If my child goes to an democratic school while young will they fit back into the mainstream?
Each person is different. Each individual’s experience is different at the democratic school. Each person’s ways of dealing with change in his or her life have a profound effect on the process of change from democratic schools to other schools. Many people find that experience in self determination, taking responsibilty for their own learning, ability to make decisions, communicating skills, and enjoyment and love of learning, enable them to recognise the positives in their new environment and continue to learn effectively. Some individuals find the transition difficult, some actively protest and try to engage the institution in processes of change, with varying degrees of success!
If my child spends less time reading will they be able to cope in the mainstream?
A.S. Neill maintained, if the individual is playing, they need to be doing that. It can feel as though you are taking a big risk trusting the child to learn when she or he decides they want or need to begin. Once they make the decision that they wish to learn to read and write, they often learn very quickly. There are many people who spent much of their primary years playing, climbing trees, building cubbies, playing in sandpits AND reading, writing, doing maths, painting, constructing, playing music, discussing, debating, holding and running meetings, making decisions,etc. Most children love to learn and be active. We prefer to look at how each child is learning, rather than where they are in relation to others – behind, in front, etc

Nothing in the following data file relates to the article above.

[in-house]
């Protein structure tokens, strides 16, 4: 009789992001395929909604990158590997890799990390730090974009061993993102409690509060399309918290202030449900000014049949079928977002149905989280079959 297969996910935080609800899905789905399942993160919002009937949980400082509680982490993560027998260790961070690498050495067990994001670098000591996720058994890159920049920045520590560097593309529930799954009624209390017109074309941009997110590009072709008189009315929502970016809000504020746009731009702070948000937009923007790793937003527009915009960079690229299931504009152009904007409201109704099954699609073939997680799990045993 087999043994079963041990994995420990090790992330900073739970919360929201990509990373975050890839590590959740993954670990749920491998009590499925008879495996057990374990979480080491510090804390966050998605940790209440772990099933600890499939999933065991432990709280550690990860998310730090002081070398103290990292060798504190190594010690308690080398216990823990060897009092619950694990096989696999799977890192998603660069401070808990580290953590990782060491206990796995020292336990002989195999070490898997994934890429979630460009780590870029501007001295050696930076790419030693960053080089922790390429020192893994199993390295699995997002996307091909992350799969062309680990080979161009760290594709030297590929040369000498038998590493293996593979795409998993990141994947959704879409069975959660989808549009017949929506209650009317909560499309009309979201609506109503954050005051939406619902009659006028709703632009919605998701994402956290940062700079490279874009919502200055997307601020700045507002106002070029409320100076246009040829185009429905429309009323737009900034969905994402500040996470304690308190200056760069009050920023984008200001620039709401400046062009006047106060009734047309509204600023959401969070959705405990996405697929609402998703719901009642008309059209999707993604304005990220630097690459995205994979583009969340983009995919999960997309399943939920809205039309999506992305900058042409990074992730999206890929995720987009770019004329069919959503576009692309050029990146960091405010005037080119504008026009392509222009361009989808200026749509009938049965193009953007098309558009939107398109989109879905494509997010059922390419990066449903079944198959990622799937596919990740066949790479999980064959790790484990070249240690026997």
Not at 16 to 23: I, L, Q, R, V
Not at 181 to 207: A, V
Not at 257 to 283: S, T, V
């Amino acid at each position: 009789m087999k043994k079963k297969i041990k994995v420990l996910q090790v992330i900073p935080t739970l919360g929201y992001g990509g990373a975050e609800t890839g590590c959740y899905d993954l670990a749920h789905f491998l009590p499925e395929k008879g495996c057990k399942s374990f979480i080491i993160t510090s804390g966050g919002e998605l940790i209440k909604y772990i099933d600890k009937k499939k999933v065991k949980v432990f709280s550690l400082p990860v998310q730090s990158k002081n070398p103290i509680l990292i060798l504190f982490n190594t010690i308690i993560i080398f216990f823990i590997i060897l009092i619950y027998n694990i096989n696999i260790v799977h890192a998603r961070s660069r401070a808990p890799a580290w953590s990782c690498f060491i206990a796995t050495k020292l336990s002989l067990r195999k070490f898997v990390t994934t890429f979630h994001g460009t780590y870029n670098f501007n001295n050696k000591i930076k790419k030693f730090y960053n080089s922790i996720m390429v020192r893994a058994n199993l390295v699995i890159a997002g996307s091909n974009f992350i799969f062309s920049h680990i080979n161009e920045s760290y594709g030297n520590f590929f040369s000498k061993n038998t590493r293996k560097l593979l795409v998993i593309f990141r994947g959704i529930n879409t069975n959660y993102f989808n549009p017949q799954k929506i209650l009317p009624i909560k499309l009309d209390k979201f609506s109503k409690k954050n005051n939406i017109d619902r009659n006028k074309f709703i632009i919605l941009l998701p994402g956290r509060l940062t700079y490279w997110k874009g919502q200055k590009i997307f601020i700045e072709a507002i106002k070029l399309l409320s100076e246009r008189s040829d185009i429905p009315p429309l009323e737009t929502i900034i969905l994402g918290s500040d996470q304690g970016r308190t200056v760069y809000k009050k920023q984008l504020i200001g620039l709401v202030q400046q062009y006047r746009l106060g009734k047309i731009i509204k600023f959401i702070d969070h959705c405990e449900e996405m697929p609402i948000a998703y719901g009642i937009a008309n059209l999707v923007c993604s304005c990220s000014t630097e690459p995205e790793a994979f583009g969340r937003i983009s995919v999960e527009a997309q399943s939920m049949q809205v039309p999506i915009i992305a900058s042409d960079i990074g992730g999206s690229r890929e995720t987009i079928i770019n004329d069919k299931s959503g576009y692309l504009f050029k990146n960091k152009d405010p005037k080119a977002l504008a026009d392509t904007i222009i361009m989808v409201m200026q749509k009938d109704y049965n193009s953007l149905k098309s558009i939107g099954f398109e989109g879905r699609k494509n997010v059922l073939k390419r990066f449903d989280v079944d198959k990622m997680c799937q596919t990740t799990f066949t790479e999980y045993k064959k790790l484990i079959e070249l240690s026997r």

Democratic schools cater only for naughty teenagers. Is this true?
Democratic schools work most effectively, if at whatever age, the people engaged in the process, feel positive about the type of education they are choosing. Some people choose to try democratic education as a result of negative experiences elsewhere. They often bring ‘baggage’ which takes time to unpack and discard and replace with new ways of being. The issues these ‘naughty’ children carry need time and skill. People who appear confident, assertive, independent, questioning, creative, individual, can be seen as non-conforming and ‘naughty’.
Democratic schools have no discipline & sanctions?
This is a common misconception. People often assume that if children participate in decision-making about rules, behaviour, curriculum etc then the result is chaos and no rules. In fact the opposite occurs. Freedom and Responsibility go together, individually and communally. Problem solving is encouraged at an individual and communal level and strategies are actively taught. Regular group, class, school, whole community meetings provide structures where issues can be raise, discussed and problems solved.